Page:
Fridays between 1 and 2:30 about fifty of us gather to consider the news. Hot topics at the current events weekly meeting today in ye olde retirement community were sequestration, the 50 year anniversary of the Feminine Mystique, and the new test promising to nip leprosy in the bud. One can't say we don't have a wide range of interests. I raised my hand to speak on the horror of women loosing abortion rights in four states but was never called on.
The leprosy test was news to me (NYTimes). Its a simple test, requiring only one drop of blood, developed by American researchers and registered by a Brazilian drug regulatory agency. The price will be $1 or less. If early diagnosis is achieved, a cure can take place in six months or less, eliminating the awful stigma and disfigurement. Annually 250,00 people in the world are newly diagnosed with leprosy, formally called Hansen's Disease. Brazil and India are the worst. One time my sister and I took the mule ride down the cliff in Molokai to tour the leper colony. It was scary, (the mule ride) and depressing (the patients).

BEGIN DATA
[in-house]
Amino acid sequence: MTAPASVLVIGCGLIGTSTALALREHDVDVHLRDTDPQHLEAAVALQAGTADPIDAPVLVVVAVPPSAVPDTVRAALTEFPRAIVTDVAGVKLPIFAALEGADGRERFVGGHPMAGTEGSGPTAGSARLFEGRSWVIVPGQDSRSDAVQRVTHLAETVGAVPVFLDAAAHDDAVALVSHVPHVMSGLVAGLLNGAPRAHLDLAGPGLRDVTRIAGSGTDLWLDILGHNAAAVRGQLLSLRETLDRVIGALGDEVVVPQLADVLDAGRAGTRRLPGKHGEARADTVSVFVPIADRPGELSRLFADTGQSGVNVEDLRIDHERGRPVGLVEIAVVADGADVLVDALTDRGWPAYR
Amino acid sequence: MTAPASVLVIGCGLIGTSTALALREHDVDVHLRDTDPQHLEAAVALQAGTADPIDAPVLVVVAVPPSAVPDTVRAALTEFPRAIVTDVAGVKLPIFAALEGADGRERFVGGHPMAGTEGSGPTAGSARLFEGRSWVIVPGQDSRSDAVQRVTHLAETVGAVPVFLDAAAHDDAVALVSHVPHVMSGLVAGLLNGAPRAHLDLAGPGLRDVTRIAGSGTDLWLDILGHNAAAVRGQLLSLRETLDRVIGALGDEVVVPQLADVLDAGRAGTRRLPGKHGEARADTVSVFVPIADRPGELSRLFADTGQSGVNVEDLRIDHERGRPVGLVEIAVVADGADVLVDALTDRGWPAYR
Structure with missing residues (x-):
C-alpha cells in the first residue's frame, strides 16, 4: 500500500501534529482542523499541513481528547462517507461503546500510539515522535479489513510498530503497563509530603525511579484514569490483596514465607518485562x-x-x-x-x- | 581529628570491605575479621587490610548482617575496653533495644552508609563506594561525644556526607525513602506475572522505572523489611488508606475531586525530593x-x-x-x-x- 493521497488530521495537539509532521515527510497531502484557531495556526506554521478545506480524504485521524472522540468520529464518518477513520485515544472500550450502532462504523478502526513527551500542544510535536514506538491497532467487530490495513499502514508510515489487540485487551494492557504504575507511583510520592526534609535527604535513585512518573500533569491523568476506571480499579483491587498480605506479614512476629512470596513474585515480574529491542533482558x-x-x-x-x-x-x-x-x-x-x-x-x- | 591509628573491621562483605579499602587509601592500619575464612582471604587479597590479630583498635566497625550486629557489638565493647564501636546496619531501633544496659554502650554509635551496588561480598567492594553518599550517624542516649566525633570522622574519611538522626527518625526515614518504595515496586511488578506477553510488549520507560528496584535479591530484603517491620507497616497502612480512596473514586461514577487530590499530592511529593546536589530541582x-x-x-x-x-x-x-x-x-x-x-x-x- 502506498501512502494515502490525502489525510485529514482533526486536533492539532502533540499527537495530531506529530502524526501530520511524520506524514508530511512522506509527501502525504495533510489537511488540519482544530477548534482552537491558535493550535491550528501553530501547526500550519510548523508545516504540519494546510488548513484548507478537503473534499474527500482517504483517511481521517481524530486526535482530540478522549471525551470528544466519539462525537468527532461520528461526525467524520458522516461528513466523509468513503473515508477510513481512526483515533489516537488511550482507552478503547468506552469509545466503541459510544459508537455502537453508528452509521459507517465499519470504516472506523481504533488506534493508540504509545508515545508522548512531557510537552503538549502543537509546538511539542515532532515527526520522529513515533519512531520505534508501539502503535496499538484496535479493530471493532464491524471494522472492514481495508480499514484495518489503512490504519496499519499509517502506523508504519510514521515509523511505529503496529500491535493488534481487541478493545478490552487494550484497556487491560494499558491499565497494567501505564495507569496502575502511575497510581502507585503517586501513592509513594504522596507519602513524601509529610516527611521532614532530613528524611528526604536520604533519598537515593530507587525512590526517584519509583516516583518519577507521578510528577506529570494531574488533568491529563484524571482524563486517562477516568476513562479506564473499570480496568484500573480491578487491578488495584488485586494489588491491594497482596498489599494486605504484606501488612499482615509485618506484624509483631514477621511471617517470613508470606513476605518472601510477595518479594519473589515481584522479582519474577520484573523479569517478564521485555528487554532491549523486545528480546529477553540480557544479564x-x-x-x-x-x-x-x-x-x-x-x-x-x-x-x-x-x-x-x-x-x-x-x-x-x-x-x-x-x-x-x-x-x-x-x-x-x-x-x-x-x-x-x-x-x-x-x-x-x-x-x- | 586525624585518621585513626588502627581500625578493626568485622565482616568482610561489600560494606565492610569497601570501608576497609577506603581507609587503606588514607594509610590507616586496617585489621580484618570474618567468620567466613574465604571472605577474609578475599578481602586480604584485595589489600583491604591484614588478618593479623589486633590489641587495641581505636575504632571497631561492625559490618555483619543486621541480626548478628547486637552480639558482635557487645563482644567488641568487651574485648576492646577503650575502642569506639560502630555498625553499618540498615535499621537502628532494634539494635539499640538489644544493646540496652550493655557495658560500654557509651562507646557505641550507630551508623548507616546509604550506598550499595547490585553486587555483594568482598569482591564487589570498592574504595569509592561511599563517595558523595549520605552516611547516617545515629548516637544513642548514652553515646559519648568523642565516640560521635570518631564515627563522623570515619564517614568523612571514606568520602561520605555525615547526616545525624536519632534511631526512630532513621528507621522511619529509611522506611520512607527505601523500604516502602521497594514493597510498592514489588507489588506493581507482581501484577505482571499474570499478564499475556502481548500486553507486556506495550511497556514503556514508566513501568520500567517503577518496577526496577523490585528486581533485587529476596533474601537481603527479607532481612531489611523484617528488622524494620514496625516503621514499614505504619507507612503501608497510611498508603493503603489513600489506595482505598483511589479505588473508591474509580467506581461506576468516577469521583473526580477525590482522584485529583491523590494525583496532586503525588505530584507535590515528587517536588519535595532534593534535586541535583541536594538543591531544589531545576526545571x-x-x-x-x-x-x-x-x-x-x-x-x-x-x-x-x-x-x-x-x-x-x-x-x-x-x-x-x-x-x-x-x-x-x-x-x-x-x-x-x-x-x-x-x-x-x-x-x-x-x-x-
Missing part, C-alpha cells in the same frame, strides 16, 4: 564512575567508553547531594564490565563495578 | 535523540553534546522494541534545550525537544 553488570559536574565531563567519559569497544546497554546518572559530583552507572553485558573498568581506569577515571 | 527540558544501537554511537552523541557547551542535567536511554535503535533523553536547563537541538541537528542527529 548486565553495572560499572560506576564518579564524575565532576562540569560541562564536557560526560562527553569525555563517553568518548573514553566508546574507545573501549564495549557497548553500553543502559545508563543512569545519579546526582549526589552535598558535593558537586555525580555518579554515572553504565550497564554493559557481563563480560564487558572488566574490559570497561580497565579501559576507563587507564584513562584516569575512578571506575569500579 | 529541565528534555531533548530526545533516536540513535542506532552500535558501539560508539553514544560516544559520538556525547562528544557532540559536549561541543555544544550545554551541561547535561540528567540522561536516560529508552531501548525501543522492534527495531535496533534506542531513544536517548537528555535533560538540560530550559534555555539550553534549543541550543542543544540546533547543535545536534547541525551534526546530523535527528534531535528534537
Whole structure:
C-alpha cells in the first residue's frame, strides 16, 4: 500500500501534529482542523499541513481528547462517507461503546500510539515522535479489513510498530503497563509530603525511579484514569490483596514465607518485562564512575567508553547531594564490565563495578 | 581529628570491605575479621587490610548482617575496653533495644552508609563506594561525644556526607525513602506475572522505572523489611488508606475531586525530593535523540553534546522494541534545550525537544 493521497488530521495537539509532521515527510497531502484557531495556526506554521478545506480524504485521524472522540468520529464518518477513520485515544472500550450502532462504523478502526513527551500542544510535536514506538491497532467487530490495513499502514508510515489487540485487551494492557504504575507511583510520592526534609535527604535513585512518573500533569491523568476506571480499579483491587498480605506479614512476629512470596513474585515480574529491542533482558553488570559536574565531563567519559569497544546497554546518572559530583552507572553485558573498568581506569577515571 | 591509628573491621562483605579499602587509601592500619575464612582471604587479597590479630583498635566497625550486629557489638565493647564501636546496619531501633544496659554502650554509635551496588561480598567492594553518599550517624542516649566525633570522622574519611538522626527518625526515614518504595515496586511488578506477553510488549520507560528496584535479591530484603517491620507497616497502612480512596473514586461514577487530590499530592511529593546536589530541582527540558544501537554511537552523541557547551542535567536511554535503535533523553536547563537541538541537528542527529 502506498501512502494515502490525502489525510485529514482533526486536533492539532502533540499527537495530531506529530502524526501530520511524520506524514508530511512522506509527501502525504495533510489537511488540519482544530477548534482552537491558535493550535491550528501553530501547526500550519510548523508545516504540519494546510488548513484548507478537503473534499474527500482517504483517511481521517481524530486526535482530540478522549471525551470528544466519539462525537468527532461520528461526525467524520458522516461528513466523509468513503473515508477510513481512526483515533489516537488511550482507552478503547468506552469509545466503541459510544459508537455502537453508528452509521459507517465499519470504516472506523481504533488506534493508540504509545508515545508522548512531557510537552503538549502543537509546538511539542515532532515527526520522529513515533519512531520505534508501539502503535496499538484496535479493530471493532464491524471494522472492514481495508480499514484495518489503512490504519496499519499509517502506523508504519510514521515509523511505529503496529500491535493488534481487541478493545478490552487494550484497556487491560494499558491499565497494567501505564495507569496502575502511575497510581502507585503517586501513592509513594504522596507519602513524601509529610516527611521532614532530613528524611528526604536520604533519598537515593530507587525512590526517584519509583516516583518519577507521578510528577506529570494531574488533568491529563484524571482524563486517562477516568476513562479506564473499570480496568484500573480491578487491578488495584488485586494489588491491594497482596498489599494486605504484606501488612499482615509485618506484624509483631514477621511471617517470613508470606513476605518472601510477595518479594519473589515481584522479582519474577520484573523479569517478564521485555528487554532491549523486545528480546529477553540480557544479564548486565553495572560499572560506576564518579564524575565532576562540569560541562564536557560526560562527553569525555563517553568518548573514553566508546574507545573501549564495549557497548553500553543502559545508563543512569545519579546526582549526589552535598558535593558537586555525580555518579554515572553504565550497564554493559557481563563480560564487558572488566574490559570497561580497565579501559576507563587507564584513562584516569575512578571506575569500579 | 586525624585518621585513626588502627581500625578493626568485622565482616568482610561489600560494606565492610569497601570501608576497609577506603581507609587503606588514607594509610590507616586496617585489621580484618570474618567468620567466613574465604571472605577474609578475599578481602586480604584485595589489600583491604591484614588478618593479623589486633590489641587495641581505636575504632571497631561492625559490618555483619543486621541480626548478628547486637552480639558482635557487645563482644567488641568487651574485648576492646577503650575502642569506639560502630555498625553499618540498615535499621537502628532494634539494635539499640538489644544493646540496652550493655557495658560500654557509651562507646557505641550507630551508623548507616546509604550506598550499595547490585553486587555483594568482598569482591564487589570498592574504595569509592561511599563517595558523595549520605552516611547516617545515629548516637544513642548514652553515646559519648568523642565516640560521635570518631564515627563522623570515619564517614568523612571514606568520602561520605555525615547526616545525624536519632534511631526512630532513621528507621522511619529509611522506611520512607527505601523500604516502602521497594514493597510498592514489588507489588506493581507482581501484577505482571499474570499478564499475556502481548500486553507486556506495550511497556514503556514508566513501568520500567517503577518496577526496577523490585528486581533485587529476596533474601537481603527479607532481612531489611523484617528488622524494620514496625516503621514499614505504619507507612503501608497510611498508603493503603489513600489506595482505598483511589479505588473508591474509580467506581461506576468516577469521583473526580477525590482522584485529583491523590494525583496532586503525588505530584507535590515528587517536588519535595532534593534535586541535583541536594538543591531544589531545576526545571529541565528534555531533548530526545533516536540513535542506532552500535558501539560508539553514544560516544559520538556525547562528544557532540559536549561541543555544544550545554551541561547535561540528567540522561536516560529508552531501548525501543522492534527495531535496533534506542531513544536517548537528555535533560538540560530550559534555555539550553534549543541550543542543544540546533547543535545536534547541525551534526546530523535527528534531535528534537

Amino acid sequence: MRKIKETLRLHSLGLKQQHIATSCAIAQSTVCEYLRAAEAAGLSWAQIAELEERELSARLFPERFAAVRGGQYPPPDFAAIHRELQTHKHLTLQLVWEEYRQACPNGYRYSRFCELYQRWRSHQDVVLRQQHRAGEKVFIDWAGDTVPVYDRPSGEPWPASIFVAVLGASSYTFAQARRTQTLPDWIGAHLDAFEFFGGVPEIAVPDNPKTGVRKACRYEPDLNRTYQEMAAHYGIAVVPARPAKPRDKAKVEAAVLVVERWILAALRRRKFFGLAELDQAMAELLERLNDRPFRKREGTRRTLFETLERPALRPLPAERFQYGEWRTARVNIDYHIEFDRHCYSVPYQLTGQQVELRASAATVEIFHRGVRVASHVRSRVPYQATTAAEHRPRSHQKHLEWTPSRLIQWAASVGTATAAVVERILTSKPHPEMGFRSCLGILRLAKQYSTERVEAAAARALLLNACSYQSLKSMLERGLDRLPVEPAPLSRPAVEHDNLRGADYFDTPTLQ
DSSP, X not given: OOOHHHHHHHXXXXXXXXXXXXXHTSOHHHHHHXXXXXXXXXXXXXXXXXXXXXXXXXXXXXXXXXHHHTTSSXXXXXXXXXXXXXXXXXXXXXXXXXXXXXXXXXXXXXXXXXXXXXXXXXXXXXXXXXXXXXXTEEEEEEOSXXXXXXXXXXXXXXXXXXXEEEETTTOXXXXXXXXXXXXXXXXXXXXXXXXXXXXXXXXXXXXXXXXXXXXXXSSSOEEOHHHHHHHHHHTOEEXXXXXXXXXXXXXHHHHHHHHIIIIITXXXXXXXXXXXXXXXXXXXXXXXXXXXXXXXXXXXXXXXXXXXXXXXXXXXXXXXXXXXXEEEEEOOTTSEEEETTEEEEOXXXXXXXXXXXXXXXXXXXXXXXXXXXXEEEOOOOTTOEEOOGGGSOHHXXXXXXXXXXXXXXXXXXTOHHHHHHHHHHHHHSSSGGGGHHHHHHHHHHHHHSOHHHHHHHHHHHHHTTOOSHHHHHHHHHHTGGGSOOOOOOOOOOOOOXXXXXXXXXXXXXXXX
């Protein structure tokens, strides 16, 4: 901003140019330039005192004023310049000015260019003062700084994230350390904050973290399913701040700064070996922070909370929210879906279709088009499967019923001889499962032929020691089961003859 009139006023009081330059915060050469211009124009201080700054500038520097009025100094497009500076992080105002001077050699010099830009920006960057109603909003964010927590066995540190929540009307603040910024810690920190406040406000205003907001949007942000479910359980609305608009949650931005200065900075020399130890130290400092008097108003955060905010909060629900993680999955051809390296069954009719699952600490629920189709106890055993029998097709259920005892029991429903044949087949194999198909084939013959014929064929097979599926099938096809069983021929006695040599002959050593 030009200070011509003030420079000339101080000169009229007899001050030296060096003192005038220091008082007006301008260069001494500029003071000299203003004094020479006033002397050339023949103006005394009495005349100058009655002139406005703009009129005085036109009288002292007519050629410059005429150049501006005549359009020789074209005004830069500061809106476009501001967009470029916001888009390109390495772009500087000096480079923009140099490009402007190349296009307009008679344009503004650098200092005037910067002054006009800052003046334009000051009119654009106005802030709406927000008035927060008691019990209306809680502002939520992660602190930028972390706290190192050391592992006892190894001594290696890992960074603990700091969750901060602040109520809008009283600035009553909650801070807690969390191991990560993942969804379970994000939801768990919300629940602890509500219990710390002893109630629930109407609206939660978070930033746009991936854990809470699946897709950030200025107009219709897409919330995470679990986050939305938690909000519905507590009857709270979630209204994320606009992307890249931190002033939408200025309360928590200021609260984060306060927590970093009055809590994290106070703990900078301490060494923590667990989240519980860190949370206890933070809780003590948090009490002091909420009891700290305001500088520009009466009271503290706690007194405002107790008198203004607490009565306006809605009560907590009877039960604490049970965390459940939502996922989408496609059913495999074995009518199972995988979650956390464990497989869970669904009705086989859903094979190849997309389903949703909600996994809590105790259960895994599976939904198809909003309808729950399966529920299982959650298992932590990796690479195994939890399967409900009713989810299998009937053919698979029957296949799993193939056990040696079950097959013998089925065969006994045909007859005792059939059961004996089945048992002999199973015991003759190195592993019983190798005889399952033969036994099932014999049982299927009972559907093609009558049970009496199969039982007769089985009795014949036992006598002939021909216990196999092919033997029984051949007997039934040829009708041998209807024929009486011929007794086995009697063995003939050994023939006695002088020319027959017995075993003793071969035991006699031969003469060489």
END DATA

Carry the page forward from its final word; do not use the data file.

I think of my roots as distinguished by clever and fairly intelligent individuals, but so poor on both sides they never had much education and therefore amounted to little. I guess survival was the goal. I'm pretty sure my fraternal grandfather was a horse thief, not to mention womanizer.
The one exception is my cousin Dorothy Clarke Wilson, who died in 2003. When my dad was a young teenager he and his sibs were sent to Maine to live with an aunt and uncle, a harsh Methodist minister who had no children. My dad ran away at 14, hopping the rails back to Colorado. Years later the Clarke's had one girl, Dorothy. I was in my fifties when I first met her. Dorothy went to Bates and graduated Phi Beta Kappa. As a minister's wife she had little money, but she became a playwright and an author, and a quite famous one. I adored her from the first moment we met. Today after the meeting I searched my shelves for her book on leprosy, Ten Fingers of God, the story of Dr. Stephen Brand, but could not find it. For her research she travelled alone to India twice. What courage. I knew Dorothy too briefly, but she touched my heart and my soul. I hope I have a few of her genes. She would be ecstatic to learn of the new test.